In essence, I think you have to write the story that's eating you up, rather than the one you think is commercially viable. There's nothing that says you can't do both, but I think only one of them is actually a requirement.

3) Pursue all Revenue Streams
I always thought it was odd that some writers completely eschew putting their work in print and only pursue the ebook market.  To me, that's the same as everybody trying to live on Manhattan Island when the entire mainland is in sight and wide open.

Admittedly, most indies tend to sell more ebooks than print copies.  However, it costs almost nothing - nothing! - to make a print version.  And if print only earns you fifty bucks a month, well, that's fifty bucks you didn't have before.  Thus, I've never understood this deliberate stiff-arming of another revenue stream.  (Plus, since I grew up poor, I don't like to simply assume that everyone has access to some type of e-reader.  Therefore, by putting it in print, I'm at least making it possible for a reader to request my book through their local library.)

That said, I've been guilty of this same type of behavior myself.  I've known about audiobooks since I first started, but I've never made any effort to pursue that market.  I just didn't think it was worth the time, effort, or money.  However, it recently occurred to me that - if I'm really going to be in this writing business - then I needed to pursue all potential revenue sources. With that in  mind, I bit the bullet and made my first audiobook for Sensation, the first book in my Kid Sensation series.

The audiobook has been out for close to four weeks now, and I'm excited to report that I seem to have been dead wrong about audio. (And if you let my wife tell it, it's probably the only time I've ever admitted to being wrong about something, or been happy about it.)  Since its release, the audio version has sold almost 200 copies. (You can find the audiobook here.) Now, of course, I want to kick myself for waiting so long to move in this direction, and find myself over-eager to produce audio versions of everything else.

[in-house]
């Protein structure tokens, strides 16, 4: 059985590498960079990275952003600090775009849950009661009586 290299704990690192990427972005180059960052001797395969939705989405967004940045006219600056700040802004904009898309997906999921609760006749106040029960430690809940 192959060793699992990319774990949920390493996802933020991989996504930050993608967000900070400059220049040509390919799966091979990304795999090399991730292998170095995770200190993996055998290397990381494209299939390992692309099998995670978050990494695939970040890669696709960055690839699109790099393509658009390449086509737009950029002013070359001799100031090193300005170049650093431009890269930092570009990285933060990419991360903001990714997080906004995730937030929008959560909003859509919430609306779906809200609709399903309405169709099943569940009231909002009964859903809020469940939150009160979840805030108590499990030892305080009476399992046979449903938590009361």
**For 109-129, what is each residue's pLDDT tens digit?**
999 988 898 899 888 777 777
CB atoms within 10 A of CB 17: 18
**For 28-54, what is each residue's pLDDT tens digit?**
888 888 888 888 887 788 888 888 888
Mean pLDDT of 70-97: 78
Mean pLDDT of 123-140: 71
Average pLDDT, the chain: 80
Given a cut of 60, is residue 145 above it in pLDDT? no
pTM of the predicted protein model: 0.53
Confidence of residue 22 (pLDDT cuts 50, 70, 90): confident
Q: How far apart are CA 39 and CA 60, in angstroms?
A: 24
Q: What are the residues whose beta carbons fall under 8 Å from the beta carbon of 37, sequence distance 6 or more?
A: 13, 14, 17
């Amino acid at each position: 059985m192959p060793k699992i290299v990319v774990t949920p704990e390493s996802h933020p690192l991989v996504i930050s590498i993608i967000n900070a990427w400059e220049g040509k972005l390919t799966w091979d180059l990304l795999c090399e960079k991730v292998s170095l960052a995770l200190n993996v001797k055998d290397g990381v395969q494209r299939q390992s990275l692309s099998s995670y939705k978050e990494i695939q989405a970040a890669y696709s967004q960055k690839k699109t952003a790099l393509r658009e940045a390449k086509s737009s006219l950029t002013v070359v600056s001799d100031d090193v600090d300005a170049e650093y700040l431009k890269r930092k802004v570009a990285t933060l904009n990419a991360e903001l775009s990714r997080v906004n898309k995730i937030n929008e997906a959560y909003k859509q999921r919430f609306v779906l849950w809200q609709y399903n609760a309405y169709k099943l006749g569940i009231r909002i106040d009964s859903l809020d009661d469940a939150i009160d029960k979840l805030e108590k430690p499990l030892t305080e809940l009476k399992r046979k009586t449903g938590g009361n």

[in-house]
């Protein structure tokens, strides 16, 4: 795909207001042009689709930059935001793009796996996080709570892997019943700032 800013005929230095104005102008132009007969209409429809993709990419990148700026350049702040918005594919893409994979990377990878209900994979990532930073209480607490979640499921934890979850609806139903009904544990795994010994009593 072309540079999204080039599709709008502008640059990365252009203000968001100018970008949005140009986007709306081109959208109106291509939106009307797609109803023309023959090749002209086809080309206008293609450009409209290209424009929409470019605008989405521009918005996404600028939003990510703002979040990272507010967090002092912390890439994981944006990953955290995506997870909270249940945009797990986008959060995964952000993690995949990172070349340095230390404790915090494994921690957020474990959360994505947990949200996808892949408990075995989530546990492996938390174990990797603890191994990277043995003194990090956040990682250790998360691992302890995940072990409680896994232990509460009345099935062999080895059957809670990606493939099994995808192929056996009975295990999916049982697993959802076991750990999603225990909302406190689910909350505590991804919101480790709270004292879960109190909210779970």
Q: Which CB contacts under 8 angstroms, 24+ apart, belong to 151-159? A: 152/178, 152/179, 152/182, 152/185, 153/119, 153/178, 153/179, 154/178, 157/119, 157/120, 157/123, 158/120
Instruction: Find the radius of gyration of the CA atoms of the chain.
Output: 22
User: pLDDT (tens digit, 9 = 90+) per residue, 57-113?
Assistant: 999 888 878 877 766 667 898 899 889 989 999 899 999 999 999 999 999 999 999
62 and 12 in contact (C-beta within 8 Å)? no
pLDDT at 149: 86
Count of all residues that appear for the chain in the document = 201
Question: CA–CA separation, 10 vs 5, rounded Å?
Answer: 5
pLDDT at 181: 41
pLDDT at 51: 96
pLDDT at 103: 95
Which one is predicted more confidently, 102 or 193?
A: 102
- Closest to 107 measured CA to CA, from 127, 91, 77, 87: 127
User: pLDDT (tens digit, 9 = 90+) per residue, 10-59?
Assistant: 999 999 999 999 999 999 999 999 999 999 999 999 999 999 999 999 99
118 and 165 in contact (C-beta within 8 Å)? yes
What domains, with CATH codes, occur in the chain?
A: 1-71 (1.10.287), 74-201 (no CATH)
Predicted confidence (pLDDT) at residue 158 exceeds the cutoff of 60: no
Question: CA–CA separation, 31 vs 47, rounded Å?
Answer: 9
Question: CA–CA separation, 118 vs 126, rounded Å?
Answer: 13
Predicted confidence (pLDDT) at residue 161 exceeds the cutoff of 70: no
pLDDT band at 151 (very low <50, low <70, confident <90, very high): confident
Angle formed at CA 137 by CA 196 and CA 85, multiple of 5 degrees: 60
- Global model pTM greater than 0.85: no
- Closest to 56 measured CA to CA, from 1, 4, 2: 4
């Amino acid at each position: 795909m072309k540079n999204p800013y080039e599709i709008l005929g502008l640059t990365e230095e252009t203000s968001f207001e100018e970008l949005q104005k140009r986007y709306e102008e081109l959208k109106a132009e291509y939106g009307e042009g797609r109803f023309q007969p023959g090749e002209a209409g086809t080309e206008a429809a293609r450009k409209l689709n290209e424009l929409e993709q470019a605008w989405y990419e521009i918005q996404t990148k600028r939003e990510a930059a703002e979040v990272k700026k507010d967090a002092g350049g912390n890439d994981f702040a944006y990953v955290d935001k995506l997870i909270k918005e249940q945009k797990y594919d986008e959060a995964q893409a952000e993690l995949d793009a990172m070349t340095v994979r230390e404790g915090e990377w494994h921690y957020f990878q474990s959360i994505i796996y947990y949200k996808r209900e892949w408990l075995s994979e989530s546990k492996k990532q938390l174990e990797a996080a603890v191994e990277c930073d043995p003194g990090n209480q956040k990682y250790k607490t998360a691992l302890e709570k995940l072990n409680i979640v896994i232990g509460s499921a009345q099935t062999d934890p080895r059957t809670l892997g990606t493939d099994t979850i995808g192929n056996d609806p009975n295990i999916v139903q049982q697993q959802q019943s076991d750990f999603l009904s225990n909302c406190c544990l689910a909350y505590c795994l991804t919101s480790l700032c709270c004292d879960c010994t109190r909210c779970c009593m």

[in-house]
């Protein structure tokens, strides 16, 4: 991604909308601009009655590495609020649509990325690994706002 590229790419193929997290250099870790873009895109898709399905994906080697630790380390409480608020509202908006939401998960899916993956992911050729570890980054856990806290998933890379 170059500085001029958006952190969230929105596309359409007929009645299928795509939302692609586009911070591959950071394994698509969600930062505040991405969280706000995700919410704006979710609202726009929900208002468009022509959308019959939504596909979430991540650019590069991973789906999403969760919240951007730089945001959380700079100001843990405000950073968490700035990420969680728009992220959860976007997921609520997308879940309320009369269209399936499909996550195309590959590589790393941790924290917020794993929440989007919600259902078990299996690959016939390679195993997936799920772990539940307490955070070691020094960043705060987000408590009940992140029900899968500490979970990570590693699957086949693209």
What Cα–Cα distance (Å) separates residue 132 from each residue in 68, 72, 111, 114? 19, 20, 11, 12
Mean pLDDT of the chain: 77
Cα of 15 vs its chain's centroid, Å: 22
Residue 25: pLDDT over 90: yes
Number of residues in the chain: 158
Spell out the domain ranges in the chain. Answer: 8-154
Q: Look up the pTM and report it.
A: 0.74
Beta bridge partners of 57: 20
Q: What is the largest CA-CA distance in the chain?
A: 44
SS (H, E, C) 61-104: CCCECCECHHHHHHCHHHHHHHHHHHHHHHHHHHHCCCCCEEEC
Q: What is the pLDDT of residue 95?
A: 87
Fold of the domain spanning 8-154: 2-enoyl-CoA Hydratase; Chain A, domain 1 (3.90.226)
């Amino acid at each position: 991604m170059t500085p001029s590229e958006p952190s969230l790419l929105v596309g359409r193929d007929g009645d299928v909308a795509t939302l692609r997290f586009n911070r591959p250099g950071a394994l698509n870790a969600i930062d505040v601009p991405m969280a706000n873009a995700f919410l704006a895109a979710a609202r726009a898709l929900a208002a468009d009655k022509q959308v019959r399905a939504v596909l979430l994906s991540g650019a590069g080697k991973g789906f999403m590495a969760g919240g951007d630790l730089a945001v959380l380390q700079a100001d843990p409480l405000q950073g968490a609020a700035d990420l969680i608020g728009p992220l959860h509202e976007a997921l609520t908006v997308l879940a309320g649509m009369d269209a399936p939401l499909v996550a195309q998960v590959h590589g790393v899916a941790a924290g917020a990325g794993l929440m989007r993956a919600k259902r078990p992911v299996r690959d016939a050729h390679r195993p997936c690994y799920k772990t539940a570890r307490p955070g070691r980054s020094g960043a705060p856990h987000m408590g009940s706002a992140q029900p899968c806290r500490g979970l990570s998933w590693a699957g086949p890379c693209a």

Anyway, those are just a few of the things I've learned after three years of putting my nose to the writing grindstone.  There are, naturally, quite a few other maxims to abide by, but - like so many other industries - this is a field that is constantly expanding and changing.  You have to stay nimble, and be willing to embrace change and accept challenges in order to continue to thrive.

Friday, May 6, 2016

Delusional Authors: They're Out There...

It's hard to sell books. That's a simple truth.  You can do everything right in terms of genre tropes, expectations, etc., and still have a dud. In some cases, it's a true mystery: the author will have a well-written story, a fantastic cover and a killer blurb...and the book won't sell a single copy.  It's a real head-scratcher.

In other instances, however, it's plain as day why the book is struggling: the author will have done a terrible job on all three fronts - cover, blurb, and story - but will marvel at the injustice in the universe when readers fail to fight tooth and nail to purchase copies.  In those instances, the author can come across as somewhat delusional in terms of both their sales expectations and how readers will react to their work.  By way of example:

I have a friend who has written a book. I offered to help them with the self-publishing process since they had never done it before. I also offered to help edit it so that they wouldn't have to pay for that particular service.  When I get the manuscript, it's essentially one huge block of text: no separation of paragraphs, no chapter breaks, no nothing.  I tell them this has to be fixed.  No, no...they'd rather just publish it as it is.  I apply some arm-twisting, and they agree to put in some chapter breaks, separate paragraphs, and so on.